A New EMC Directive 2004/108/EC
Chris Marshman BEng, MPhil, CEng, MIEE, York EMC Services Ltd, University of Yor
The long awaited New EMC Directive was published in the Official Journal of the European Union on 31/12/04, 2004/108/EC.
The EMC Directive 89/336/EEC as amended, became fully effective from 01 January 1996. In 1997 the Commission issued an informal guide to clarify a number of issues and in order to ensure a homogenous application of the Directive. This guide has no legal standing and therefore the Commission identified the EMC Directive as a candidate for the SLIM (Simpler Legislation for the Internal Market) initiative.
During 1998 the SLIM panel presented their opinion, taking account of the 1997 guide and presented a report making 20 recommendations. The Commission endorsed most of these recommendations in its communication (COM(1999)88) to the Council. The Commission then set up a working party to help it draft a proposal for revision of the EMC Directive. During 1999 and 2000 several drafts were produced and circulated for comment and consultation. The new EMCD 2004/108/EC has been drafted taking account of this extensive and wide ranging consultation.
This article aims to identify he main changes to 89/336/EEC, if not specifically addressed then it may be assumed that the provisions of 89/336/EEC are substantially unaltered.
It should be remembered that at this stage this is a Directive to the Member States (MS) and not imple-mented legislation and that the implementations of 89/336/EEC remain legally binding. The New EMCD is to be implemented by the MS by 20 July 2007. Compliance with 89/336/EEC remains valid until 20 July 2009.
For full details the reader is referred to the Official Journal of the European Union (OJEU) L 390 dated 31.12.2004, pp24 - 36.
1.1.1 Objectives of the new EMCD
In general terms 2004/108/EC maintains the objectives of 89/336/EEC and follows the same regulatory concept of the New Approach. It does however seek to:
- Clarify the scope by improved definitions and more clearly defined exclusions
- To treat fixed installations under a different regulatory approach
- To enhance the clarity by more detailed essential requirements
- Clarify the role of harmonised standards
- Simplify the Conformity Assessment procedure by reducing it to a single route
- Cut “red tape” and increase manufacturer’s choice by removing compulsory use of a Competent Body (CB) where harmonised standards cannot be used, but allowing manufacturers to voluntarily use a Notified Body (NB or NoBo)
- Allow better market surveillance through better traceability of the manufacturer, by defined documentation
- Some of the changes reflect the practices used in more recent New Approach Directives, for example the R&TTE Directive, which allows the voluntary use of Notified Bodies.
Chris Marsman, Managing Director, York EMC Services Ltd, subsidiary of the University of York since 1995. Authored ’The guide to the EMC Directive’, EPA Press.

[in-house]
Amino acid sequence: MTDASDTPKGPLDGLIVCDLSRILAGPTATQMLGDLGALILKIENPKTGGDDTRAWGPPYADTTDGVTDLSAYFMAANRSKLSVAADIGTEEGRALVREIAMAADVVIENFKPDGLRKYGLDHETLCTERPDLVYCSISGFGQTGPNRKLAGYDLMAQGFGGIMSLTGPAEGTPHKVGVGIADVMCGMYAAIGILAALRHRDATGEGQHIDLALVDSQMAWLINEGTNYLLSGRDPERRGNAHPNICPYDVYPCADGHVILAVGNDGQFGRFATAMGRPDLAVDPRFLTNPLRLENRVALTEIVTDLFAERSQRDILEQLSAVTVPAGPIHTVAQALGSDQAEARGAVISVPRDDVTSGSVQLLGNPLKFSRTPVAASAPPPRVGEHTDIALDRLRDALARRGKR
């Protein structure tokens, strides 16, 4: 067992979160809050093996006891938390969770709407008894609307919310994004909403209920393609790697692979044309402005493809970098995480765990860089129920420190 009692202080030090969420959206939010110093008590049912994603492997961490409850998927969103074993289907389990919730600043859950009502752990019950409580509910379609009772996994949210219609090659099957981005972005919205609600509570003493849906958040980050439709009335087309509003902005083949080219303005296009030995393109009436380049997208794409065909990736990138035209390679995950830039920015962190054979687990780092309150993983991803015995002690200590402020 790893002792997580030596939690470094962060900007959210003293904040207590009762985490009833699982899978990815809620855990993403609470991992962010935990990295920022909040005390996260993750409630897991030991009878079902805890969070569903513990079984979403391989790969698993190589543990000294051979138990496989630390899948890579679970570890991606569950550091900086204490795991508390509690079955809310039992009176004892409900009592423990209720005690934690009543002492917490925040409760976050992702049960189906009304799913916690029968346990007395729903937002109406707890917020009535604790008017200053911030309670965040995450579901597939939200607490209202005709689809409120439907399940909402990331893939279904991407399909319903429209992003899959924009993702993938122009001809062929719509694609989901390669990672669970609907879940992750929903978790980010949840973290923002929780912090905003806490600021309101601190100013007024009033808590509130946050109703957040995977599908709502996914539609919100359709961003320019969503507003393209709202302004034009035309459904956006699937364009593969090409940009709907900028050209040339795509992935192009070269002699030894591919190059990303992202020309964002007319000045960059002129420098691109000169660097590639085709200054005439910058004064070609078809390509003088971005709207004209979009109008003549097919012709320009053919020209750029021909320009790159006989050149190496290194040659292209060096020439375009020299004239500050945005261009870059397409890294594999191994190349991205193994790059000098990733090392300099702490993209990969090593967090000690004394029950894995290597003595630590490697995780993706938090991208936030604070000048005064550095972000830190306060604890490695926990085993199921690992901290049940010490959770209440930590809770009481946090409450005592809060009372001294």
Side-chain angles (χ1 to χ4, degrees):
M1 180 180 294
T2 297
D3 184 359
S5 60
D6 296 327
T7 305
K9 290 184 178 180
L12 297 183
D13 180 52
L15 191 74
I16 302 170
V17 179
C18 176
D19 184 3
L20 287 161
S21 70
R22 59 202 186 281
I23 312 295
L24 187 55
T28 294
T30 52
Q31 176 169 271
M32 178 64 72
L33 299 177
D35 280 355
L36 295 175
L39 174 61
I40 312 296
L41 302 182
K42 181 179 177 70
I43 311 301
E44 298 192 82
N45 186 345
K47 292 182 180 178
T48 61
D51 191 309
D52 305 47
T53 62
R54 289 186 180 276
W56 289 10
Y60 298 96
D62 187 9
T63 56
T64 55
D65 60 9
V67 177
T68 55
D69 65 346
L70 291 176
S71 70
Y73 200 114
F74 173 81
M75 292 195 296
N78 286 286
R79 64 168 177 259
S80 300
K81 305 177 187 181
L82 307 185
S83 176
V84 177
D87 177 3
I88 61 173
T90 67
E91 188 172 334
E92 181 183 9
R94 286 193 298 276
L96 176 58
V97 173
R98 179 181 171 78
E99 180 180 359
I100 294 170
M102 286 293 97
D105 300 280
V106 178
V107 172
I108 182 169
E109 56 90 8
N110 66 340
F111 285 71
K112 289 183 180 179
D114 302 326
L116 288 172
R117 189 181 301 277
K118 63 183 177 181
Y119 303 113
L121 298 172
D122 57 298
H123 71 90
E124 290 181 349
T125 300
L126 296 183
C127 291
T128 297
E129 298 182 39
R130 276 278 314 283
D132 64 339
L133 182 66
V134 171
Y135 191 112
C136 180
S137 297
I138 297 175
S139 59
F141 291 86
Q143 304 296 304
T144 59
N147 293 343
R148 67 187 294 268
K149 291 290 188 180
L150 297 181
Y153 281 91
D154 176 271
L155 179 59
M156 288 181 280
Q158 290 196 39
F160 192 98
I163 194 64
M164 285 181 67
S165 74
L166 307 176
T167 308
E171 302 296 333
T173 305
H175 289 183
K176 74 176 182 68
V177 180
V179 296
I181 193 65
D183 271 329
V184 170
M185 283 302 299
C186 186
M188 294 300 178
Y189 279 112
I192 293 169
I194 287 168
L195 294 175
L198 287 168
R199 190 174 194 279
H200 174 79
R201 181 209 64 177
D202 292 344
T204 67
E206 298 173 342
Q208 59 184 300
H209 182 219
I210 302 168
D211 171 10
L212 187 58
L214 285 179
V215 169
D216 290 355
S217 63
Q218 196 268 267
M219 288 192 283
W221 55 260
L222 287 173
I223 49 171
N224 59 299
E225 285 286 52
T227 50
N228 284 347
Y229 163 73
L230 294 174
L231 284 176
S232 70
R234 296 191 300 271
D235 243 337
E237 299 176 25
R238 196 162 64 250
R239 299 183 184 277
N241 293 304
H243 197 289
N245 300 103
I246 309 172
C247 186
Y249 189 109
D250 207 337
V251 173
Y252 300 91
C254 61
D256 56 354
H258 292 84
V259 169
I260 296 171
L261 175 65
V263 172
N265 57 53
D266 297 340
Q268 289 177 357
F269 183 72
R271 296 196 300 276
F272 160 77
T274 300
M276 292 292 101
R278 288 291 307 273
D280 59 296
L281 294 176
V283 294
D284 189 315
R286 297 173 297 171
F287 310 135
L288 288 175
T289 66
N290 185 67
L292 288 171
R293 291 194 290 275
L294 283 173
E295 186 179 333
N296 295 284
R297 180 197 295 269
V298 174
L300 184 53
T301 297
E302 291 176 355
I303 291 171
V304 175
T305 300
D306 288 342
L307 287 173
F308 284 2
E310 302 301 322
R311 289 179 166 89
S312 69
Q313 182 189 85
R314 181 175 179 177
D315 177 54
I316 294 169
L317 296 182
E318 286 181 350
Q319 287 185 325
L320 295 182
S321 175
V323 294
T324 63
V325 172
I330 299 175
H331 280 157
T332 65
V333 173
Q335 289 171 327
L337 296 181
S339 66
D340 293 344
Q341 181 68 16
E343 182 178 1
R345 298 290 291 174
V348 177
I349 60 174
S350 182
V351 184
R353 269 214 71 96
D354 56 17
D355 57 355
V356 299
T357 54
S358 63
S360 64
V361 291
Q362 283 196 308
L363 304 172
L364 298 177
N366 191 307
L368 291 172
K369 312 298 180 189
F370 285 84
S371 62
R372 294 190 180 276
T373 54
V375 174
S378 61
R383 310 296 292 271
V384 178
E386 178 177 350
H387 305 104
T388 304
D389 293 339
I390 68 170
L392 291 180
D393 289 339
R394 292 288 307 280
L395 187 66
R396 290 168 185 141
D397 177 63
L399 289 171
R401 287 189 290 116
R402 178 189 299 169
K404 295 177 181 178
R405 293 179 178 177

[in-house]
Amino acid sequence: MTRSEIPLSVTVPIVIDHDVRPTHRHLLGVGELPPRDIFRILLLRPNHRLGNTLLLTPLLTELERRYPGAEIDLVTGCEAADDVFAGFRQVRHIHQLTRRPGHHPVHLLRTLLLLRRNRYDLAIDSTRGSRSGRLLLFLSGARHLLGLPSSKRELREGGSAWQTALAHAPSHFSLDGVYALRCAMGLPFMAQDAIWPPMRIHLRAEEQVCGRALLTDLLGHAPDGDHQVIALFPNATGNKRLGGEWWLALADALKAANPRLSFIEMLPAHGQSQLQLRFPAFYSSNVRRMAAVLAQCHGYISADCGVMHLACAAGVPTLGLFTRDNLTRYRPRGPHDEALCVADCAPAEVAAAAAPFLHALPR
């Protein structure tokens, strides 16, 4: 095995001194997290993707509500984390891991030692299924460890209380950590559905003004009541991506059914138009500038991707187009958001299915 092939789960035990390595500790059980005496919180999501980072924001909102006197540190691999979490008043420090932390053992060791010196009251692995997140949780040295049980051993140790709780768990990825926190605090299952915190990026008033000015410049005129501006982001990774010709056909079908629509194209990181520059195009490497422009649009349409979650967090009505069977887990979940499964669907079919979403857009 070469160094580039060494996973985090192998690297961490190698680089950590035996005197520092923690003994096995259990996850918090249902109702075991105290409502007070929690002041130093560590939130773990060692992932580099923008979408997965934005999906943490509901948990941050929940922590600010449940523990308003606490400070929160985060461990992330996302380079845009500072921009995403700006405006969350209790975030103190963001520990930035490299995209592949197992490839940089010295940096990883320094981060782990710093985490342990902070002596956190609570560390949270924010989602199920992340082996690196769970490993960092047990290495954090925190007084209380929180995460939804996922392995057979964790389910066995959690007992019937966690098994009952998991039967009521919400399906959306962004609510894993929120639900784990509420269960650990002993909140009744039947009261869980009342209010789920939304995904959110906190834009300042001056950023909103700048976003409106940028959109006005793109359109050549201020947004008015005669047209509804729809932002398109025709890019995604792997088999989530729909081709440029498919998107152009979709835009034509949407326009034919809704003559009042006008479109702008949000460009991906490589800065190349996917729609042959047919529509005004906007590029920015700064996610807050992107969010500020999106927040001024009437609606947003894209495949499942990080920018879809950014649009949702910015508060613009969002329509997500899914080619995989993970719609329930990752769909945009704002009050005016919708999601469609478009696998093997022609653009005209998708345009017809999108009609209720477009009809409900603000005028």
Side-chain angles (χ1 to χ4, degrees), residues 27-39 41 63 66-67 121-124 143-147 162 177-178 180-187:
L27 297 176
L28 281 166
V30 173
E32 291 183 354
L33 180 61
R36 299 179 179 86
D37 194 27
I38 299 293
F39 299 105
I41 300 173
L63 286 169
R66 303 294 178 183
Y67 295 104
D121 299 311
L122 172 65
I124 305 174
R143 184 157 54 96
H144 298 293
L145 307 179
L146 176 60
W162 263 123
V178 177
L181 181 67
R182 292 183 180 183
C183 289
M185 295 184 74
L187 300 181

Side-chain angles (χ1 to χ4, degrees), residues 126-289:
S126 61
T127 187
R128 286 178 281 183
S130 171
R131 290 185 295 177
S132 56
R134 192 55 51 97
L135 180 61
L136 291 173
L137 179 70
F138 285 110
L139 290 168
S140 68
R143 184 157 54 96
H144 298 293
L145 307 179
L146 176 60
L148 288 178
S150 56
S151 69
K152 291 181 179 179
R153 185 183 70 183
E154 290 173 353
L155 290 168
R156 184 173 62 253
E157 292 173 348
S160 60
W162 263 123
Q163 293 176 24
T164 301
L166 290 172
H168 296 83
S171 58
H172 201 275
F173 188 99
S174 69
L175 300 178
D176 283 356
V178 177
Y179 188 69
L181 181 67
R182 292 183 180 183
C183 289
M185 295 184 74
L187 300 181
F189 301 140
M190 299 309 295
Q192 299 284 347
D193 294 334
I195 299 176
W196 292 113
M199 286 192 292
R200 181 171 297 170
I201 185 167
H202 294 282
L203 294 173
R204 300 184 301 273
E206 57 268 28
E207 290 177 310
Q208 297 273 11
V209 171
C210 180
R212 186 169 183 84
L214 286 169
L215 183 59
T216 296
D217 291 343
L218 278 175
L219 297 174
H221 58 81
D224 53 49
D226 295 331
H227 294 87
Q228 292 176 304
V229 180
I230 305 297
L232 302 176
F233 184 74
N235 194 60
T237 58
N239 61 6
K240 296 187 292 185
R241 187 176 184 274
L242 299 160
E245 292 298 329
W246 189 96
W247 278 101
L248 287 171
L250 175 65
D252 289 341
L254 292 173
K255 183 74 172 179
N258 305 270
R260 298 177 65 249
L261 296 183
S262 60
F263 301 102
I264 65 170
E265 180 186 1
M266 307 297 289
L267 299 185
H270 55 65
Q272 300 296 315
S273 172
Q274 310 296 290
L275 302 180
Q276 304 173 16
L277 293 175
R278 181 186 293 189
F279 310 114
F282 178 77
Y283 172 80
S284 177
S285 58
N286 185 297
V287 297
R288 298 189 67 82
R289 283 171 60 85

1.1.2 Essential requirements (Article, 5 ANNEX I)
The protection requirements remain unchanged apart from minor changes to the words and apply to equipment. They are however prefaced by the statement that ‘Equipment shall be so designed and manufactured, having regard to the state of the art, as to ensure that:’. The interpretation of this should prove interesting! Specific requirements are identified for ‘fixed installations’ (FI), these are covered in the following sections.
The scope of the EMCD is revised under 2004/108/EEC. Particularly it is identified that:
- equipment within the scope of the R&TTED is excluded from the EMCD. [It is noted that the R&TTED (1999/5/EC) refers to the EMCD and since the new EMCD has different Article Numbers to 89/336/EEC a correlating table is provided in Annex VII.]
- Aircraft and aircraft equipment is excluded as it has been concluded that EMC protection for aircraft is met by aircraft specific regulations, EC No. 1592/2002.
- Benign equipment is specifically excluded, examples given are: wristwatches or greetings cards incorporating electronic devices.
- Equipment within the scope of other more specific Community legislation is excluded eg the Medical Devices Directive.
- The EMCD is defined as not covering safety of equipment, since safety is dealt with by separate community or national legislation eg the Machinery Safety Directive.
1.2 Distinction between Apparatus and Fixed Installations
Apparatus is defined as ‘goods’ which, once they comply with the EMCD can be placed on the market and/or put into service anywhere within the EU (EEA). It is the responsibility of the manufacturer to carry out a conformity assessment to show that the apparatus complies with the ‘essential requirements’ of the EMCD. Apparatus is defined as ‘any finished appliance, or combination thereof [a system] made commercially available as a single functional unit, intended for the end user, and liable to generate EM disturbance, or the performance of which is liable to be affected by such disturbance.’